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Cyclopedia of Biblical, Theological and Ecclesiastical Literature
a very distinguished English Independent minister, was born at Tisbtry, county of Wilts, May 8,1769. He was the son of a poor stonecutter, and obtained his education by the influence and charity of friends he made as a youth, distinguishing himself even then by great natural abilities and ready acquisition. When not quite sixteen years of age he began preaching, and before he had passed his minority he is said to have delivered no less than 1000 sermons. Like Wesley, he often preached out-doors; and he himself relates the history of his early life thus: "In the milder seasons which would allow of it, we often addressed large numbers out of doors; and many a clear and calm evening I have preached down the day on the corner of a common, or upon the green turf before the cottage door. These neighborhoods were supplied sometimes weekly and sometimes fortnightly, both on the weekdays and on the Sabbaths. We always on the Sabbaths avoided, if possible, the church hours; and on week-days we commonly omitted the services during the hay and corn harvest, that we might not give reasonable offence to the farmers, or entice the peasants away from their labor before their usual time.
I would also remark that we did not always, in these efforts, encounter much opposition; indeed, I remember only a few instances in which we suffered persecution from violence or rudeness." Jan. 31, 1791, he was made preacher of Argyle Chapel, Bath, and here he labored for sixty-two years with great distinction. Jay was not excelled even by the greatest of pulpit orators for which England has been so justly celebrated within the last 100 years. John Foster calls him the "prince of preachers;" Sheridan pronounced him "the most natural orator" he had ever heard; Dr. James Hamilton as a preacher who filled him "with wonder and delight;" and Beckford as possessing a mind like "a clear, transparent stream, flowing so freely as to impress us with the idea of its being inexhaustible." He died Dec. 27, 1853, "beloved and trusted by religious professors of all sects" (London. Athenaeum, Sept. 30,1854). "Mr. Jay was not only a pious and eminently successful preacher, but a very genial and interesting man; a sagacious observer, yet of childlike simplicity in taste and disposition; possessed of a fine, though sometimes quaint humor; a most instructive and pleasant companion, rich in anecdote and reminiscence, and able, from personal knowledge, to give living sketches of most of the eminent men who had appeared in the religious world, high-flying bigots excepted, during the latter part of the 18th and the earlier part of the present century…. He was not a strict Calvinist, for he did not believe in the ‘ exclusive' part of the Calvinistic creed in any form. He believed in ‘ two grand truths' that if we are saved, it is entirely of God's grace; and if we are lost, it will be entirely from ourselves.' He held to these firmly, though he might not see the connection between them.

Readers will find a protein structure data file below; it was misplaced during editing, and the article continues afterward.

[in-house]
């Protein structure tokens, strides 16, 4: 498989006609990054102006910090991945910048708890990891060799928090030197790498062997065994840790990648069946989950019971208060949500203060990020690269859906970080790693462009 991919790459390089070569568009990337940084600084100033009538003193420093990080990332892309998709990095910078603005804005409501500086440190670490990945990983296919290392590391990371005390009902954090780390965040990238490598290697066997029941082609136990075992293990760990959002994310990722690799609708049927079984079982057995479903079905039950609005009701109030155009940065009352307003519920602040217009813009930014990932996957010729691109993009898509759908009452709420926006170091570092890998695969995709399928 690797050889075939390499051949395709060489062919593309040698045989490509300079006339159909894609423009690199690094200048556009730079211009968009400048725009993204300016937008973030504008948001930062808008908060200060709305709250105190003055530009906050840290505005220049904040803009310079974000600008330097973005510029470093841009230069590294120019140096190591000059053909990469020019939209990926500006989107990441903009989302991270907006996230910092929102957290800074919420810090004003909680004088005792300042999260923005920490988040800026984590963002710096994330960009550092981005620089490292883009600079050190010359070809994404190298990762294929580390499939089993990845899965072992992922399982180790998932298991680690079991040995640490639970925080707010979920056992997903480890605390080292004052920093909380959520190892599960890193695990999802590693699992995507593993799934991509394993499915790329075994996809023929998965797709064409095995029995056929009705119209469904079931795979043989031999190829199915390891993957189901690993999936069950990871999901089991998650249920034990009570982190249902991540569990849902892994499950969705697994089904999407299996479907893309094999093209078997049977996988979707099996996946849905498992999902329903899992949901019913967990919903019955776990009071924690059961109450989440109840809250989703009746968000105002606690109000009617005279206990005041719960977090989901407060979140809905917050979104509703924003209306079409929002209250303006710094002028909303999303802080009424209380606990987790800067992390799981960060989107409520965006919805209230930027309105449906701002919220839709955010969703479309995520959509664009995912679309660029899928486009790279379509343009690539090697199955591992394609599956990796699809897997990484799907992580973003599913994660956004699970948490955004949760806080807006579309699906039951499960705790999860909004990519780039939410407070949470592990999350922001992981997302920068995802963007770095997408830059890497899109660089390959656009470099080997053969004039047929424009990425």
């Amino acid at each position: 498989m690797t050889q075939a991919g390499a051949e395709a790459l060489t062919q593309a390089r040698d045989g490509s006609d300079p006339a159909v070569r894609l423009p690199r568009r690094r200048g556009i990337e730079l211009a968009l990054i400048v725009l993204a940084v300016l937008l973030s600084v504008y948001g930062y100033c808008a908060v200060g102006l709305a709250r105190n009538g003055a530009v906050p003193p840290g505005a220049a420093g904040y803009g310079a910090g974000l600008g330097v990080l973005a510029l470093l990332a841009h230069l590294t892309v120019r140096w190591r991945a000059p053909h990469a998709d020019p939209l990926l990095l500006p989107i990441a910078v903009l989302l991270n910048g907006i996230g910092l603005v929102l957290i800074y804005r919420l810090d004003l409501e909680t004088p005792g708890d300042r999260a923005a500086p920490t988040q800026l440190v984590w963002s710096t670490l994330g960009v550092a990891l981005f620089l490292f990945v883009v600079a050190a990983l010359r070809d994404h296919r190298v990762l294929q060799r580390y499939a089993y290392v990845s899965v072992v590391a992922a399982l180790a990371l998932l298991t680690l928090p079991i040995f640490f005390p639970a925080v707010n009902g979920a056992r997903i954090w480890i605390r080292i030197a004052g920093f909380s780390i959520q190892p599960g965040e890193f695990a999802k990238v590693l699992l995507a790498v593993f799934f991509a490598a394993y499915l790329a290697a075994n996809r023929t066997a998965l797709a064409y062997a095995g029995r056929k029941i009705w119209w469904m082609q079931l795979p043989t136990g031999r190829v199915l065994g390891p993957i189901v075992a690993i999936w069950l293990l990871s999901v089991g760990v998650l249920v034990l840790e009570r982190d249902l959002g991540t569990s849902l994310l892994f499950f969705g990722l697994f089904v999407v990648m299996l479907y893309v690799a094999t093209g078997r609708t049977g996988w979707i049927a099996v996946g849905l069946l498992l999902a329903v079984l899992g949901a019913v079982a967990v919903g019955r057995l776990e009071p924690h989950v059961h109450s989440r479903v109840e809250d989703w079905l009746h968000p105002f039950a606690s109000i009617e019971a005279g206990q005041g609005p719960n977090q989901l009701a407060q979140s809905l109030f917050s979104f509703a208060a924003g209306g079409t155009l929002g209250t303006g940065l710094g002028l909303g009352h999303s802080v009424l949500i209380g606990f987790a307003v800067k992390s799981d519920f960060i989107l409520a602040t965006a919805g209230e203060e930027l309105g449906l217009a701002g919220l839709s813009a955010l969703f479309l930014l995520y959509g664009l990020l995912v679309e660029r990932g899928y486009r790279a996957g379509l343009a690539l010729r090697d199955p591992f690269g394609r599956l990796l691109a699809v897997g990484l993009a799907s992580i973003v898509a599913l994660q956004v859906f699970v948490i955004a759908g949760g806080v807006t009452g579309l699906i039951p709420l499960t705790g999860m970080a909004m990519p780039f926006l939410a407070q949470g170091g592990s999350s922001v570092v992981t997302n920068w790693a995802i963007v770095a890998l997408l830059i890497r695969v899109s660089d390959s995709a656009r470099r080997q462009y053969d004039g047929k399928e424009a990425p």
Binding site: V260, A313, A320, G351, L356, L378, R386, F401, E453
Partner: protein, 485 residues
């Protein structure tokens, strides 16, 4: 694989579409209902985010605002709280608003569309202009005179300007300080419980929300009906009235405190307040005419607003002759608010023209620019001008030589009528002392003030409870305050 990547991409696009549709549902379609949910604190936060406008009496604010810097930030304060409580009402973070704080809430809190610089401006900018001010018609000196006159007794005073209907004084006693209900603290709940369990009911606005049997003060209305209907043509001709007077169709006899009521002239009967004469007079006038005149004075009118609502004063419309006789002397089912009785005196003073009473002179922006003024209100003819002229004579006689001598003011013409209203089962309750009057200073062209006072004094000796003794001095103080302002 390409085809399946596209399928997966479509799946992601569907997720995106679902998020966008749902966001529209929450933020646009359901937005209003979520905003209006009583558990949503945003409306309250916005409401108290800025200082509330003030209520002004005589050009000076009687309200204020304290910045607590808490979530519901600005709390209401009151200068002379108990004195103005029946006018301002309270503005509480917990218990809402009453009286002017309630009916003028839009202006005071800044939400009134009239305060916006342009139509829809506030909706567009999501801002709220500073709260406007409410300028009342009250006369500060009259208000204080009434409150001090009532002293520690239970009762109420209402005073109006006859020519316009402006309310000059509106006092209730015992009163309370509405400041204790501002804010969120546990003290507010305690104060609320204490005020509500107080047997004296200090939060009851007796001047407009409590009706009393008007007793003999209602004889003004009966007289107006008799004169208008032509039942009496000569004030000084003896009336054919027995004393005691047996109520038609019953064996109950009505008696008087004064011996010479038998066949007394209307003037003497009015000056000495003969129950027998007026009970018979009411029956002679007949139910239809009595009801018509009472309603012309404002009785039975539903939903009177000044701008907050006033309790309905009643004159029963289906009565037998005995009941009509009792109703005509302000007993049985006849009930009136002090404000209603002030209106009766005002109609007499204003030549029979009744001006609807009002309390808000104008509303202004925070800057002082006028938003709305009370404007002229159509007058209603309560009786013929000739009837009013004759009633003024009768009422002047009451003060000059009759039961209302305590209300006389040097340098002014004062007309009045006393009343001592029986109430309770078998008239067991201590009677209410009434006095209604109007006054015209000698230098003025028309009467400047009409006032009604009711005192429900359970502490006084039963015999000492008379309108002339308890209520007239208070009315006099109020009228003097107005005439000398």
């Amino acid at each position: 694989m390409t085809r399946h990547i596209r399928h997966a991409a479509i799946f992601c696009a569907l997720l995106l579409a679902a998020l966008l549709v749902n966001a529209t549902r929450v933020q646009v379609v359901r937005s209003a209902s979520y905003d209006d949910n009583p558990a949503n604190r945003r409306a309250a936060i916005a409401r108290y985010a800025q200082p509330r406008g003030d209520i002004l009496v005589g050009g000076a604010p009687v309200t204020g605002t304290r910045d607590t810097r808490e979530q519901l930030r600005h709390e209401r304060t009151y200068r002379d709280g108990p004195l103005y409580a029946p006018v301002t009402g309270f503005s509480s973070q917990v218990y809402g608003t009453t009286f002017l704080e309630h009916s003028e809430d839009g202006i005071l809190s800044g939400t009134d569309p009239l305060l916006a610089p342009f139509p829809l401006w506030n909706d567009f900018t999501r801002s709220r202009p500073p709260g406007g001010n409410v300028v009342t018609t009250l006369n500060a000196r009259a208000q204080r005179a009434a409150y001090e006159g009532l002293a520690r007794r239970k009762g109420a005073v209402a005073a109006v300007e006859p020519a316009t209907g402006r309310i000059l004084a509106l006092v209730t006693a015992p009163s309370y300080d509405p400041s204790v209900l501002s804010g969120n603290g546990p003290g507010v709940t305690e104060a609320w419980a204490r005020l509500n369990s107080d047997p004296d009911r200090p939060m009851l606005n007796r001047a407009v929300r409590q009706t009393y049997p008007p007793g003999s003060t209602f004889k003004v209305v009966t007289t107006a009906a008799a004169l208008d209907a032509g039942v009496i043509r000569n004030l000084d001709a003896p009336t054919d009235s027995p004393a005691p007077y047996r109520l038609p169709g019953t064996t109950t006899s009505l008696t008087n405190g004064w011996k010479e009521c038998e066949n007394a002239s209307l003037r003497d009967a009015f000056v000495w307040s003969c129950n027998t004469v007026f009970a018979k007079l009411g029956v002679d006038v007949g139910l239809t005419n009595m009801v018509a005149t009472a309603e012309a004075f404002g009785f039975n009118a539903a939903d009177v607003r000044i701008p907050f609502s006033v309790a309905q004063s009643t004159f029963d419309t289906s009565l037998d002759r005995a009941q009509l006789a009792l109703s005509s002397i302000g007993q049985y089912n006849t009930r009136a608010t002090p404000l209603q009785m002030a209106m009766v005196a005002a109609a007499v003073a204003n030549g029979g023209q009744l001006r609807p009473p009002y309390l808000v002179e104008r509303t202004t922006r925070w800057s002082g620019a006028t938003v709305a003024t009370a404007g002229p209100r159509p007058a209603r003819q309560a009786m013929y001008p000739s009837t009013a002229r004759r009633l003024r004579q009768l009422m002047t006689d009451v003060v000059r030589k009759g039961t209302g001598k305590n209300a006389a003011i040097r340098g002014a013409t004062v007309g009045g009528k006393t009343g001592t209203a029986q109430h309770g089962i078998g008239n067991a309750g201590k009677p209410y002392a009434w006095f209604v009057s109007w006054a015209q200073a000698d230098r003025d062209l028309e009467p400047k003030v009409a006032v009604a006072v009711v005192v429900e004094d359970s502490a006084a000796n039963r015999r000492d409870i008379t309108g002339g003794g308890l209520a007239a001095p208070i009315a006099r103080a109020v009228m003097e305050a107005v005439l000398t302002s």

The connection,' he says, ‘ is like a chain across the river; I can see the two ends, but not the middle; not because there is no real union, but because it is under water.' As to Church polity, Mr. Jay inclined, on the whole, to Presbyterianism, with a special leaning, perhaps, on one point-that of mutual ministerial oversight and responsibility to Wesleyan Methodism. But-he did not believe any particular form of polity to be of divine authority" (London Quart. Review, 1854, p. 553 sq.). Best known of his varied and extensive writings are Morning and Evening Exercises (vol. 1-4 of the collective edition of his Works, ed., of 1842): — The Christian contemplated (vol. 6 of his Works): — Mornings with Jesus (1854, 8vo). His Works were published entire (Bath, 1842-44, 12 vols. 8vo; New York, 3 vols. 8vo). See Autobiography of the Rev. William Jay, with Reminiscences of some distinguished Contemporaries, Selections from his Correspondence, etc., edited by George Redford, D.D., LL.D., and John Angell James (Lond. 1854, 8vo-; 3rd ed. 1855); Wilson, Memoir of Jay (1854, 8vo); Wallace. Portraiture of Jay (1852, 12mo); Allibone, Dict. of Authors, i, 857; Princeton Review, 5, 369 sq.; Meth. Quart. Review 5, 335. (J. H.W.)
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McClintock, John. Strong, James. Entry for 'Jay, William'. Cyclopedia of Biblical, Theological and Ecclesiastical Literature. https://www.studylight.org/encyclopedias/eng/tce/j/jay-william.html. Harper & Brothers. New York. 1870.
the Week of Proper 6 / Ordinary 11